It was just another warm preseason game in late August when 28-year-old San Francisco 49er Colin Kaepernick decided to sit down during the “The Star-Spangled Banner.” It wasn’t the first time he had sat out the anthem, and at the time, he had no expectations that his small act would create such a big ripple. Kaepernick, whose ethnic background is a mixture of African and European, has since knelt on one knee as a way of honoring servicemen and -women while still protesting social injustice. He told NFL Media that his protest was a matter of bringing awareness to the injustice happening all around them.
“I am not going to stand up to show pride in a flag for a country that oppresses Black people and people of color,” he says. “To me, this is bigger than football, and it would be selfish on my part to look the other way. There are bodies in the street and people getting paid leave and getting away with murder.”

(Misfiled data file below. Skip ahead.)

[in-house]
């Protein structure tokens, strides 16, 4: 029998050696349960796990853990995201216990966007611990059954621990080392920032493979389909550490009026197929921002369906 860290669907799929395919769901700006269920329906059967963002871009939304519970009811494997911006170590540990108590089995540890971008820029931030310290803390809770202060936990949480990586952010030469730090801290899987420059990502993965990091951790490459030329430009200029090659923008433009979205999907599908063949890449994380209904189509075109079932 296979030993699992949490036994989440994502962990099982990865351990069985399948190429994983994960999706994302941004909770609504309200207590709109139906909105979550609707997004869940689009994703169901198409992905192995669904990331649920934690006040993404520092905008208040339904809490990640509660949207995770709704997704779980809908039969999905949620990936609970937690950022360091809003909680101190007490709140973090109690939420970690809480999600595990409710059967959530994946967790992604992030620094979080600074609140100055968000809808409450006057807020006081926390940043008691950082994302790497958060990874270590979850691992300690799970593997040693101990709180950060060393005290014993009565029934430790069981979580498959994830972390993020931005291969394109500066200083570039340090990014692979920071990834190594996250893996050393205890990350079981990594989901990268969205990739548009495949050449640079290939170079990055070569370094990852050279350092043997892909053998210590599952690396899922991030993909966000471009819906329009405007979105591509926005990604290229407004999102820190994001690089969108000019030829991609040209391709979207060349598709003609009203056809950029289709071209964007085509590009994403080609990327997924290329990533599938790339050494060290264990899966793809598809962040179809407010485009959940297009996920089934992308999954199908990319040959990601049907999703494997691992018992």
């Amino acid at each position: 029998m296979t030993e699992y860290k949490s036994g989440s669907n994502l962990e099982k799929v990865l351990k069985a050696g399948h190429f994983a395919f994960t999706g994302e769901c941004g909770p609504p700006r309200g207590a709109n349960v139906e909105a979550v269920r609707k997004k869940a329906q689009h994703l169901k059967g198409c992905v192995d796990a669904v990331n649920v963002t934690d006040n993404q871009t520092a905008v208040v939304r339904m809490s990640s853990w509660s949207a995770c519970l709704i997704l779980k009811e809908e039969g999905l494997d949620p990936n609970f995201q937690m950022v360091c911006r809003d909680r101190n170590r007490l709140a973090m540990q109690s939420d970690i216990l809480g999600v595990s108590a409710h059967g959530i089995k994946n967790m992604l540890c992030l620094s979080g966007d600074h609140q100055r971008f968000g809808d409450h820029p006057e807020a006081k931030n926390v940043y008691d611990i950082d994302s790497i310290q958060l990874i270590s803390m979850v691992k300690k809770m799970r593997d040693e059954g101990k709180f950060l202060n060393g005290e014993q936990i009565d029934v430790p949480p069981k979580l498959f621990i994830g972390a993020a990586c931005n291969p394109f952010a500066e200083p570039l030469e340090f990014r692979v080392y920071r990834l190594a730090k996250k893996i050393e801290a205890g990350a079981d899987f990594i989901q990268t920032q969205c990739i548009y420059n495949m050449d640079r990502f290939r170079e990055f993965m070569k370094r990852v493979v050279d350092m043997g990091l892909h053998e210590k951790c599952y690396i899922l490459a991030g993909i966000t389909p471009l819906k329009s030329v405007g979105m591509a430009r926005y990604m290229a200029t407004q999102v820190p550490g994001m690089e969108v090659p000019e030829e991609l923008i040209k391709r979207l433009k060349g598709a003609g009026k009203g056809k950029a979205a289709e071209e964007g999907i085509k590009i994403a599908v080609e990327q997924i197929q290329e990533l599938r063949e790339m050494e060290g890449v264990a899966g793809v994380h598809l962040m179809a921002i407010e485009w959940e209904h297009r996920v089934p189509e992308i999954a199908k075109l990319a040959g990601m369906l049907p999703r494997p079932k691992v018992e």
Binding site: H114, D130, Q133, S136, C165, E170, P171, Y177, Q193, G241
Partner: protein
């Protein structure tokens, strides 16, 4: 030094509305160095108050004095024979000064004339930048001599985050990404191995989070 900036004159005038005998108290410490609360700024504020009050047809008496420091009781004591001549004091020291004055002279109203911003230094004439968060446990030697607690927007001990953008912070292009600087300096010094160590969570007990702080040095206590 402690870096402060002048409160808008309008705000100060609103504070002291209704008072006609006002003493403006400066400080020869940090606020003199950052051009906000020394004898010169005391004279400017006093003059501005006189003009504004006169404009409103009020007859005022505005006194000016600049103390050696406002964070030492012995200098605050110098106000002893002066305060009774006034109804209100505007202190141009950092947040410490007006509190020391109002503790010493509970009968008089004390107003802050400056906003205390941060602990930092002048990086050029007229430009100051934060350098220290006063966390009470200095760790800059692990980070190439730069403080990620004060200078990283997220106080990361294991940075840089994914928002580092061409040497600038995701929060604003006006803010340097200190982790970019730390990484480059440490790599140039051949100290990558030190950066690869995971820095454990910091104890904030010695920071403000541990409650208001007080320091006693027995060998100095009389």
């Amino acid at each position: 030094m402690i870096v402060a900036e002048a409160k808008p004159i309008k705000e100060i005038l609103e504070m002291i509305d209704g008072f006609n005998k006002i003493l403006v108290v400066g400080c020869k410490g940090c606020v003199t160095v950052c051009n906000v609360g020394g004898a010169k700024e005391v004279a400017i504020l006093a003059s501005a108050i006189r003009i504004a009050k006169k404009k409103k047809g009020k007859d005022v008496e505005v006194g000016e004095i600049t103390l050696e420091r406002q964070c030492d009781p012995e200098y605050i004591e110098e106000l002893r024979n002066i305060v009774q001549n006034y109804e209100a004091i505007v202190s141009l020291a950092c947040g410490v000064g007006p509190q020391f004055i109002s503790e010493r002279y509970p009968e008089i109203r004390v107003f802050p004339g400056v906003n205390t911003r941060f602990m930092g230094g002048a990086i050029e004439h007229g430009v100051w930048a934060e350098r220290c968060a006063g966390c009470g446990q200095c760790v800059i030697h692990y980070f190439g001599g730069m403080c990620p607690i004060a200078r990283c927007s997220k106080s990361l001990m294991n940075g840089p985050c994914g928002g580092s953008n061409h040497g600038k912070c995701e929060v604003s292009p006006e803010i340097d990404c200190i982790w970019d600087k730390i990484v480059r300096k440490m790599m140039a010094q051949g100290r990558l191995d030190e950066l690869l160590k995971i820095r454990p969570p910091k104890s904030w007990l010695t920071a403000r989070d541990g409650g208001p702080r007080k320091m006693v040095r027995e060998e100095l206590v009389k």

Kaepernick’s single action went viral, setting off a wave of solidarity acts from athletes across the country — from college and high school football players to athletes in other sports, including basketball, swimming, volleyball, cheerleading, and soccer. Hundreds of players, coaches, and fans are kneeling or raising fists in solidarity with Kaepernick, their actions aimed at shining a light on police brutality and racial injustice in the United States.
For Preston Brown, head football coach at Woodrow Wilson High School in Camden, N.J., his decision to kneel during the national anthem wasn’t a difficult one. Politically, Brown already understood Kaepernick’s difficulty with standing for the anthem given the treatment of people of color in the United States.